by Luz Shosie, in collaboration with CT’s C.U.R.E.
As coordinators of Unschoolers Unlimited and volunteers for the CT Home Educators Association and the Connecticut Homeschool Network, Ned Vare and I have had many opportunities to talk to people about homeschooling in CT.
Many of those people are confused about whether or not to file the Notice of Intent. The State Department of Education’s C-14 Guidelines give two different messages — in the Introduction and elsewhere it reads, “Suggested Procedure” and in section 3 it reads, “parents must file…” To add to the confusion, school officials often give misleading or false information when parents ask about homeschooling. We have spoken to several families who were told by school employees that they “must file because the law requires them to do so.” Because the wording of the Guidelines is inconsistent and poorly written, school officials and parents may be unsure of their responsibilities and their rights.
According to the state law (CT General Statutes, Sec. 10 – 184) “All parents and those who have the care of children shall bring them up in some lawful and honest employment and instruct them or cause them to be instructed in reading, writing, spelling, English grammar, geography, arithmetic and United States history and in citizenship….” Parents are responsible to see that their children receive instruction in these subjects. The law does not say that you agree to “teach” these subjects the same way the public schools do; it’s up to you (and your child) to choose what, when, where, and how you offer instruction. It is also your responsibility to evaluate whether your child is learning these subjects.
Connecticut state law does not authorize school representatives to review or assess your educational program, your child’s schoolwork, or your teaching methods. Several years ago, after many meetings with CHEA, other homeschooling groups and public schools, the State Board of Education agreed to a policy on home instruction that was and remains “suggested.” The Notice of Intent form (NOI) is voluntary. You may choose to file, it’s up to you; some do and some don’t. If you file an NOI, you have agreed to the terms set forth in it. If you receive a written or verbal request or directive to file and do not wish to file, ask the school’s representative to put his/her request in writing and to cite the law that requires filing. They can’t, so they won’t.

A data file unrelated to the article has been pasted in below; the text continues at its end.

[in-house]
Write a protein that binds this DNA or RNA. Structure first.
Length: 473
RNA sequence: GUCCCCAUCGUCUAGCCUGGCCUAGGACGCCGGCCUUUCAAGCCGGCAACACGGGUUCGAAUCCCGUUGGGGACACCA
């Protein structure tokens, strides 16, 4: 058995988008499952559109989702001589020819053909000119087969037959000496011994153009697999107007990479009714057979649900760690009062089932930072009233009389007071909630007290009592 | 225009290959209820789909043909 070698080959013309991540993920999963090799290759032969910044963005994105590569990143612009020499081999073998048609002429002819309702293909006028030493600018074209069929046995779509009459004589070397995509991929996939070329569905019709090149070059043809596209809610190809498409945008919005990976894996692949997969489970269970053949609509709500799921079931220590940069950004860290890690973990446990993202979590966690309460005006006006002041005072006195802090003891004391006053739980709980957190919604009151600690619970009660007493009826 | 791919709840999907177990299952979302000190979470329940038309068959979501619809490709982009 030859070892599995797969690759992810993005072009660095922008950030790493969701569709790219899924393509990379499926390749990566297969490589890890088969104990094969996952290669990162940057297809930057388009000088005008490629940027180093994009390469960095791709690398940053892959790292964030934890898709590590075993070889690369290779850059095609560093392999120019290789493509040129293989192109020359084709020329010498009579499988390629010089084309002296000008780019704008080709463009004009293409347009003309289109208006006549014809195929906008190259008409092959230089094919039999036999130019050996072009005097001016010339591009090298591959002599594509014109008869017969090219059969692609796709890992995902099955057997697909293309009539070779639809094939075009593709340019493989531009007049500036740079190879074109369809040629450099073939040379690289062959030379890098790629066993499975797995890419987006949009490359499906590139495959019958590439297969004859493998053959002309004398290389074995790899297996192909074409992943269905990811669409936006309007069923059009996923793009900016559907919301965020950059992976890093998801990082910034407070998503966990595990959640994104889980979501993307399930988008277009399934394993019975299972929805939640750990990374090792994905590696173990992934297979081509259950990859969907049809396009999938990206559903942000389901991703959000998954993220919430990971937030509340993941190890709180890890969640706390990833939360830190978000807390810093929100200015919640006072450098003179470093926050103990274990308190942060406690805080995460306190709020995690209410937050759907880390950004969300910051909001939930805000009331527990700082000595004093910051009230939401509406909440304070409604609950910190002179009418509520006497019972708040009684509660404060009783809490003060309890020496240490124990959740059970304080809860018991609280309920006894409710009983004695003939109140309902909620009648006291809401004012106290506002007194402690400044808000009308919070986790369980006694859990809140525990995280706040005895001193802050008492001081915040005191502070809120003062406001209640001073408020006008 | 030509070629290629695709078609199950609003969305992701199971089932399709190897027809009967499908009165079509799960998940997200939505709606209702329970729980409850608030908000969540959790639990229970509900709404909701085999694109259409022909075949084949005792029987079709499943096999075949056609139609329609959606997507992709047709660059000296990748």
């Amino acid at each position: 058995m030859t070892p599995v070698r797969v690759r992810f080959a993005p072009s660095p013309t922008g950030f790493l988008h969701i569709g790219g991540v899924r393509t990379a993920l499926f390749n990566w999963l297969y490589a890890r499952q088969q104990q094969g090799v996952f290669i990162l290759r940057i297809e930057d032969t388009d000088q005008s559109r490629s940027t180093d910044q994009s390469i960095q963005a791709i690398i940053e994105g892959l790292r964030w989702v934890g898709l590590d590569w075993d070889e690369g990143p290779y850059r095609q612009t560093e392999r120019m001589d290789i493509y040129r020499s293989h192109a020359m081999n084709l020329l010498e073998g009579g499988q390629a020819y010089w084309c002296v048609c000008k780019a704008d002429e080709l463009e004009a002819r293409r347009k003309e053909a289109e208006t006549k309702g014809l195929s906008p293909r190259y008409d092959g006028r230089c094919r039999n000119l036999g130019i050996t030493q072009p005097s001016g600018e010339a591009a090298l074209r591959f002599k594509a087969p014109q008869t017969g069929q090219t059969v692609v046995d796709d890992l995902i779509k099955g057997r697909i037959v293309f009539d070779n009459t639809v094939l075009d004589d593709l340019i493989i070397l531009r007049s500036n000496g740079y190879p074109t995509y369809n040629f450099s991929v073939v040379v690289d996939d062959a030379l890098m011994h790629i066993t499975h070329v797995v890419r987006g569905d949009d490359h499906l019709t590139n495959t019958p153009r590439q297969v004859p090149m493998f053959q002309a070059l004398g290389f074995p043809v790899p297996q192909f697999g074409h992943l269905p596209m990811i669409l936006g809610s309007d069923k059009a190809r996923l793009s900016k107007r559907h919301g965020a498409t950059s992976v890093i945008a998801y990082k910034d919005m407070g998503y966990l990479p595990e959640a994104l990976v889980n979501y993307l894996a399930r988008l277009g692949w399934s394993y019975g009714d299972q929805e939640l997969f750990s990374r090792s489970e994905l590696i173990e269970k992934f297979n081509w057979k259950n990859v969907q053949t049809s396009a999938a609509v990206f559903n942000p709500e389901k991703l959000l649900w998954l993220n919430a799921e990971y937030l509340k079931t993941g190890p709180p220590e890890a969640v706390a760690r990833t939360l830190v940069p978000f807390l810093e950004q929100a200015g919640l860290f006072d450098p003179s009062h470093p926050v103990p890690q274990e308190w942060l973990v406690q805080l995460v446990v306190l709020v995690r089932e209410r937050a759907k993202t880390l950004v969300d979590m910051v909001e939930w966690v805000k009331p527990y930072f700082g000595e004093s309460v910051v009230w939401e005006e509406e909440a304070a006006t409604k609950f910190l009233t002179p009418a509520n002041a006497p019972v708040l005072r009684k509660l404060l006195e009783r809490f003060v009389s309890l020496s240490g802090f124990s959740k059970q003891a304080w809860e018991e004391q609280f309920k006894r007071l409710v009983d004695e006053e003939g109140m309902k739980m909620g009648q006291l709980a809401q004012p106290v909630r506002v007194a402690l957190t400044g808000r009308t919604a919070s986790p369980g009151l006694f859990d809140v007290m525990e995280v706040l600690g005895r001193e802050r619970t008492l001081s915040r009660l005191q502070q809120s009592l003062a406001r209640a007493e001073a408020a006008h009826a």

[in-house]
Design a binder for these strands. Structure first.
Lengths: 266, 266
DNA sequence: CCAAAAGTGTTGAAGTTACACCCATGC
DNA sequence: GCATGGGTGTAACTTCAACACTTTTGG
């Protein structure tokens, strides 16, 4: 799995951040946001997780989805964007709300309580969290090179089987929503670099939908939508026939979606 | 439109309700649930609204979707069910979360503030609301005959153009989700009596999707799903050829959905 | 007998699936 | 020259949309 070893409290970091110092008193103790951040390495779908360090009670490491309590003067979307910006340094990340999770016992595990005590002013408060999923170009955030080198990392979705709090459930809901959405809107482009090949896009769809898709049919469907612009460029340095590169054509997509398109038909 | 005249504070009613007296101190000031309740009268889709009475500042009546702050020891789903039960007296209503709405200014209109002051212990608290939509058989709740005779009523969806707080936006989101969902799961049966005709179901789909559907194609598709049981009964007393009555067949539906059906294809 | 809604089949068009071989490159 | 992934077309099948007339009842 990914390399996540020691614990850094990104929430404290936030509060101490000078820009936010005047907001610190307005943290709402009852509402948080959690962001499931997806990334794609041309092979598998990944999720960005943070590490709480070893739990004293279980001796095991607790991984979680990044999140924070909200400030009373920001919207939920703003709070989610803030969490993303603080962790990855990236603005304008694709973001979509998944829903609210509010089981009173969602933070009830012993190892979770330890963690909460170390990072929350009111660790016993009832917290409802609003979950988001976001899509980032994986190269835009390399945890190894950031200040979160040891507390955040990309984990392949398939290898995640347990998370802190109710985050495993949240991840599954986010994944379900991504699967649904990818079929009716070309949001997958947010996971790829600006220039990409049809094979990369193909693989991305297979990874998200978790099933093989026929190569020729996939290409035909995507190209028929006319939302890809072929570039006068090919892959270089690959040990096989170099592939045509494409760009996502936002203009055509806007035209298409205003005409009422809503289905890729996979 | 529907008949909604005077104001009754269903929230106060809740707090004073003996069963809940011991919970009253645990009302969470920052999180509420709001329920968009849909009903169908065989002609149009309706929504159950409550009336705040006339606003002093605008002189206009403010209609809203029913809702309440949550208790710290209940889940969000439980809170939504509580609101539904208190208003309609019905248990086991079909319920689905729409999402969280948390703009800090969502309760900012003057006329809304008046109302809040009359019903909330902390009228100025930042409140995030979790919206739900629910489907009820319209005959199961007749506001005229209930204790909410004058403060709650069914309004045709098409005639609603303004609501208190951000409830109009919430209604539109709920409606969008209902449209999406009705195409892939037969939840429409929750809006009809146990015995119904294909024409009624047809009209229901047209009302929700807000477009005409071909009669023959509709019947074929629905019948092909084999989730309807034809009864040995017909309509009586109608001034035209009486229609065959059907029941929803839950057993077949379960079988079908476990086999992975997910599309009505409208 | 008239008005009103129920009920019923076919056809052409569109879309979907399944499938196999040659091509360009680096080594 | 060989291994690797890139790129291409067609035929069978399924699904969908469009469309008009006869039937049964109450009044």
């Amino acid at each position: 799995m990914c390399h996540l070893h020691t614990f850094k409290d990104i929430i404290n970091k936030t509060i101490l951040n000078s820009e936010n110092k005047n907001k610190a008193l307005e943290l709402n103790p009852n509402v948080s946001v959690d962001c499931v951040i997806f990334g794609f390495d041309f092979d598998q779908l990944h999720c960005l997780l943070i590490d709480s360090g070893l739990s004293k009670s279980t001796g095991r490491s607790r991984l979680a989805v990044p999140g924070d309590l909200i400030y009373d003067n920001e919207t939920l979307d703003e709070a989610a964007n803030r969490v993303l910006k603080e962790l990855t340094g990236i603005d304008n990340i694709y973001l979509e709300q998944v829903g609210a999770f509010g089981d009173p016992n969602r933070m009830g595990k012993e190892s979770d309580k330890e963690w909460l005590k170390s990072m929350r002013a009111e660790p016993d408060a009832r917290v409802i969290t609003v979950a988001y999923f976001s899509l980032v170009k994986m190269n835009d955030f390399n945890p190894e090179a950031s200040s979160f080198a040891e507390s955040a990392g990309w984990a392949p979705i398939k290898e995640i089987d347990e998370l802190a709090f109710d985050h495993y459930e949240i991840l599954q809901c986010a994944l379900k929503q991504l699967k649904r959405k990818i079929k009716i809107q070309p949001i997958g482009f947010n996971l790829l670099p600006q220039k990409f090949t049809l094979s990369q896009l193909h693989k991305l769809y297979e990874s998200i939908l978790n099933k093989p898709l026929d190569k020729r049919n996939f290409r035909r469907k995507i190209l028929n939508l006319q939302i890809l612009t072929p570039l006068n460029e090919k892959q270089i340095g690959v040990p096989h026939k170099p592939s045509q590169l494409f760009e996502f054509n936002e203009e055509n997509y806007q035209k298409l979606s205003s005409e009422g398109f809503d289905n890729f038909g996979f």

Connecticut’s Citizens to Uphold the Right to Educate (CT’s C.U.R.E., 860/355-4724, [email protected]) is the home educators’ legislative watchdog and consulting group. They are volunteers who keep track of how local school officials respond to homeschoolers. Contact them to find out if homeschoolers have had any problems with the school officials in your town or to let them know if you have problems. CT’s C.U.R.E. recommends that you communicate with school officials in writing and keep copies of all correspondence. CT’s C.U.R.E. will help you write and respond to letters.
You can help ensure that Connecticut’s law continues to be favorable to homeschooling by knowing your rights and staying informed. Detailed articles about the law written by CT’s C.U.R.E. are available on the CT Home Educators Association web site:
Or call the CHEA Information Line (203) 781-8569, and request a copy of the information packet.
Stay informed about homeschooling in CT with a free subscription to Connecticut Homeschool Network Online Newsletter. Contact [email protected] or visit the web site:
In our ten years or so of dealing with the NOI confusion, Ned and I have never heard a good reason (or a benefit) to filing it; and there are many reasons not to file. As citizens of Connecticut, we have the right to educate our children without asking the state’s permission or seeking its approval for our methods. They are our children, not the state’s.